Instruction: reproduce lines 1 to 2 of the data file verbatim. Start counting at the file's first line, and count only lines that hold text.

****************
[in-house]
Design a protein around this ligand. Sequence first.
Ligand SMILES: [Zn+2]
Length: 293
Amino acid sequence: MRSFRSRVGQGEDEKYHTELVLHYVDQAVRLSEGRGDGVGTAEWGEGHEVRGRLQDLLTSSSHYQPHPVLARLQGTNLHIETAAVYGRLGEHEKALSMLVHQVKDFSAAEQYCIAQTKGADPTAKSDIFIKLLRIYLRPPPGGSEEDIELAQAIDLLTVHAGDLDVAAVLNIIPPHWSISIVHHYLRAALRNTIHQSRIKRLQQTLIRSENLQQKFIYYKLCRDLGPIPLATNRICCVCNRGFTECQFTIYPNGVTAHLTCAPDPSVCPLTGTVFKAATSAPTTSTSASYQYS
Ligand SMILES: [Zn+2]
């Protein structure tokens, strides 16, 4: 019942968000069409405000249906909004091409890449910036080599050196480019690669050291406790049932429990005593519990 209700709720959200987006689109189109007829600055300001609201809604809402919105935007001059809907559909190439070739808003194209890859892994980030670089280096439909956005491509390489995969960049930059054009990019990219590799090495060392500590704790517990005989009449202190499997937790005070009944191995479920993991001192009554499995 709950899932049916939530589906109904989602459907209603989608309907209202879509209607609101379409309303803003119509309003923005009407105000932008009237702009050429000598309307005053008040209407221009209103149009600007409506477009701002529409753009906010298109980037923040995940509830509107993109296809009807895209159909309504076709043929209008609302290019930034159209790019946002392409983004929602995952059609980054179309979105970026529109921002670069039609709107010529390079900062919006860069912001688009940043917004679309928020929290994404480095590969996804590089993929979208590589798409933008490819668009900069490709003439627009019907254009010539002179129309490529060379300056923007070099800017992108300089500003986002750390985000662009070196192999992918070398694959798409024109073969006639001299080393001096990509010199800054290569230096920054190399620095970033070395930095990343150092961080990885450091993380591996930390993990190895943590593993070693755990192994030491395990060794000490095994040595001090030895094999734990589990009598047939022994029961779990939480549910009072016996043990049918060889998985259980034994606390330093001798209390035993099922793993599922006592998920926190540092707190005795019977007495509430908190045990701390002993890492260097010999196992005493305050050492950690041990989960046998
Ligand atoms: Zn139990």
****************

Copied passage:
[in-house]
Design a protein around this ligand. Sequence first.